Friends, Romans, fellow exploitation fans, were I to ask of you if a nudity-addled movie in which Rosalba Neri slinks around seductively could entirely be a waste of time, would I be right in assuming that your response would be somewhere in the region of an overwhelming “no”?
Thought so. And yet ‘Two Males for Alexa’ never fully lives up to its promise; doesn’t make – or even try to make – all it could of the material.
And were I to ask of you, ye same merrie bunch, if it’s ever anything less than fun to watch Curd Jürgens wolfing down a big slice of ham as he glowers moodily at the camera, would I be right in assuming that you response would be the equivalent of a large flag hung from your bedroom window printed with the legend “CURD FUCKIN’ JÜRGENS – YEAH”?
Again: thought so. And yet the colossus of Jurgens is threatened in scene after scene by the subsidence of Juan Luis Gallardo’s vacuous performance.
And, since I’m throwing out questions left, right and centre, here’s one more before we get to the meat and bones of this review: can a claustrophobic narrative of deception and sexual tension that locks its central characters in a single location and turns up the heat on them – literally and metaphorically – survive the inclusion, at the critical and most tense moment, of a series of nested flashbacks? You might be tutting and shaking your heads right now, maybe murmuring “Hmmm, probably not.” And I wouldn’t argue with you.
As you’ve probably divined from the above, I have mixed feelings about ‘Two Males for Alexa’ – mixed feelings that extend to the fact that Neri’s character is called Alexa-with-an-x in the goddamn title while the closing credits refer to her as Alecsa which not only doesn’t have an x, but is a stupid fucking spelling whichever way you look at it.
*takes deep breath*
And that’s not my only title-related beef. A Spanish-Italian co-production (that exists in different cuts for each territory), the title is either ‘Fieras sin jaula’ or ‘Dues maschi per Alexa’ – respectively ‘Beasts Without a Cage’ and ‘Two Males for Alexa’. The Spanish title is meaningless, since two of the principles end up locked in a sealed room (i.e. essentially caged), while the maschi = males translation of the Italian is literal and a better rendering of the title would be ‘Two Men for Alexa’. In the US, it showed up as ‘Two Masks for Alexa’ – a forgivable mistranslation (maschi mistaken for maschere) resulting in what I consider a better title. In Germany, it was released as both ‘Im Rausche der Sinne’ (‘In the Chaos of the Senses’ is the best I can do with that one) and ‘Bitterer Whisky’ which simply means ‘Bitter Whisky’ and not, as I originally thought, ‘Whisky That’s More Bitter Than’. Because that’d be silly. More bitter than what exactly?
Anyhoo, whatever title you care to hang on it, and whichever version you watch (the crucial difference is that you get more boob for your buck in the Italian cut), the basic premise of ‘Alexa’s Two Fellas in the Chaotic Senses of the Bitter Whisky’ is thus: while gold-digger Alexa (Neri) dallies with her stud muffin lover Pietro (Gallardo), her considerably older husband Lord Mannering (Jürgens) seethes with revenge while his daughter Catherine (Emma Cohen) frets that Alexa – her contemporary at university – is out to steal her inheritance. Catherine’s subplot is abandoned pretty quickly (in fact, her scenes seem to alternate between exposition and padding) as director Juan Logar focuses on the logistics of how Mannering frames Alexa and Pietro for his own death (that’s only a minor spoiler, btw) and leaves them, quite literally, to rot.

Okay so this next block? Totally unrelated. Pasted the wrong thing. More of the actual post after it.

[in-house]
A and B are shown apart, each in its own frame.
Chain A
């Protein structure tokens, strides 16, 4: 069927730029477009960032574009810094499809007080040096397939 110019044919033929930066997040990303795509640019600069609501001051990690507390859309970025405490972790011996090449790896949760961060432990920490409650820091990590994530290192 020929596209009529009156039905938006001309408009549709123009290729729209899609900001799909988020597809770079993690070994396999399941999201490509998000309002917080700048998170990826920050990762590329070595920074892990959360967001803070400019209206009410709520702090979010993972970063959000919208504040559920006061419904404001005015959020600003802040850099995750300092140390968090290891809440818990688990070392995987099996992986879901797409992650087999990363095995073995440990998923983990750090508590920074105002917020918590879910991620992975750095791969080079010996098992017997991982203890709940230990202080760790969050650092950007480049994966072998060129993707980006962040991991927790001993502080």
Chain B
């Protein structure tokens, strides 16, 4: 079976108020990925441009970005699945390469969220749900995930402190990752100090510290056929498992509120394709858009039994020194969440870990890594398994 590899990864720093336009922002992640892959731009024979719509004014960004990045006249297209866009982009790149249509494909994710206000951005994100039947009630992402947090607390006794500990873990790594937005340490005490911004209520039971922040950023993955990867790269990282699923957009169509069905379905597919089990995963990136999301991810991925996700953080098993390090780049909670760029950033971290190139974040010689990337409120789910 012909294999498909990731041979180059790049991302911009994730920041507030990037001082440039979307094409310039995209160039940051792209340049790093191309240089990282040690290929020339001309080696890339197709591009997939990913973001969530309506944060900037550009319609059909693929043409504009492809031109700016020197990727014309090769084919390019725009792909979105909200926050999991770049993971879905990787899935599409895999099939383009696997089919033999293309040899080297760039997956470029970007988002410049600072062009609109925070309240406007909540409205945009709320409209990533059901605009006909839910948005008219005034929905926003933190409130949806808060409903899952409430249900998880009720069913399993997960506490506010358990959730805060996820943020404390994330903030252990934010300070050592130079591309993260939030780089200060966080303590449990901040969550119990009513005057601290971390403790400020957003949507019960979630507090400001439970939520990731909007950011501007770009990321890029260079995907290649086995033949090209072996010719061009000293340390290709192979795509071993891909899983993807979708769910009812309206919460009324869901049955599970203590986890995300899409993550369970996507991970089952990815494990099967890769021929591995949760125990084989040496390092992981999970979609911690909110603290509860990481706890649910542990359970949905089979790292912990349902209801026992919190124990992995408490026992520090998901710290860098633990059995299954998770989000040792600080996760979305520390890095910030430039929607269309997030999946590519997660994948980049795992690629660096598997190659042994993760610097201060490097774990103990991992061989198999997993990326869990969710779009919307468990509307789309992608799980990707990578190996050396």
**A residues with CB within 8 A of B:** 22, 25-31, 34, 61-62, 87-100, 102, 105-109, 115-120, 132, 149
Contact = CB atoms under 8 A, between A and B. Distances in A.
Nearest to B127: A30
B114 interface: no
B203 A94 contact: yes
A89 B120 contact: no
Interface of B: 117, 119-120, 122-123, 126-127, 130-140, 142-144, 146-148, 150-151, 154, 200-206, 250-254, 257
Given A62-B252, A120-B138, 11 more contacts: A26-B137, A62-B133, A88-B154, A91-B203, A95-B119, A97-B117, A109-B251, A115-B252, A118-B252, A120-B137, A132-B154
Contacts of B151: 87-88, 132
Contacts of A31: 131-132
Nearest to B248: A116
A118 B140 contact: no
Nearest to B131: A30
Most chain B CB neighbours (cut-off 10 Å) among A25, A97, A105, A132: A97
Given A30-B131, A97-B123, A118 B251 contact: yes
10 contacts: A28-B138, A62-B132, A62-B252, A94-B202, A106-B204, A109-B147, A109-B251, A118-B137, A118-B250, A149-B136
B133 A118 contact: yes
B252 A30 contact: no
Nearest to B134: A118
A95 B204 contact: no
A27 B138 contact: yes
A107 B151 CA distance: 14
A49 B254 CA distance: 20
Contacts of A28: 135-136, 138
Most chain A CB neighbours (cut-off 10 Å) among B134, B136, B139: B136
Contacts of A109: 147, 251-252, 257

Only, as noted earlier, no sooner does Logar’s script put the lovers in a claustrophobic predicament than he embarks on a lengthy series of flashbacks that serve very little narrative purpose (the interrelationships and Alexa’s manipulation of Mannering to vouchsafe herself a life of luxury have already been established, and how she comes to meet Pietro is neither here nor there); moreover, when Logar finally hauls the film back into the here and now, Pietro’s reeling from a defeated escape attempt, the details of which are vague and the fallout (half the room is on fire) inexplicable. The psychological trauma the pair undergo – which should surely have been the dramatic dynamo of the film’s second half – is rushed and dependent entirely on hamfisted voiceover when so much more could have been communicated visually.
As ‘Two Males for Alexa’ stumbles towards its final moments, the script flirts curiously with the possibility of a final twist (one that, admittedly, would have been difficult as hell to achieve but utterly impressive if Logar had pulled it off) only step back from it and deliver an ending that I’m tempted to call arbitrary or banal but it isn’t even that. I’d be hard pressed, in fact, to call it an ending. The film simply stops and the end credits roll.
But still, it’s got Neri looking hot than hell on a day when there was a heatwave in the ninth circle, it’s got Jürgens alternately glowering and the screen and chewing on his dialogue like he’s not eaten in weeks, it’s got lifestyle porn aplenty (and, boy, does Logar take a twisted pleasure in subverting it), and it’s got a lounge jazz soundtrack that’s marvellously out of place with anything that’s happening onscreen at any moment. You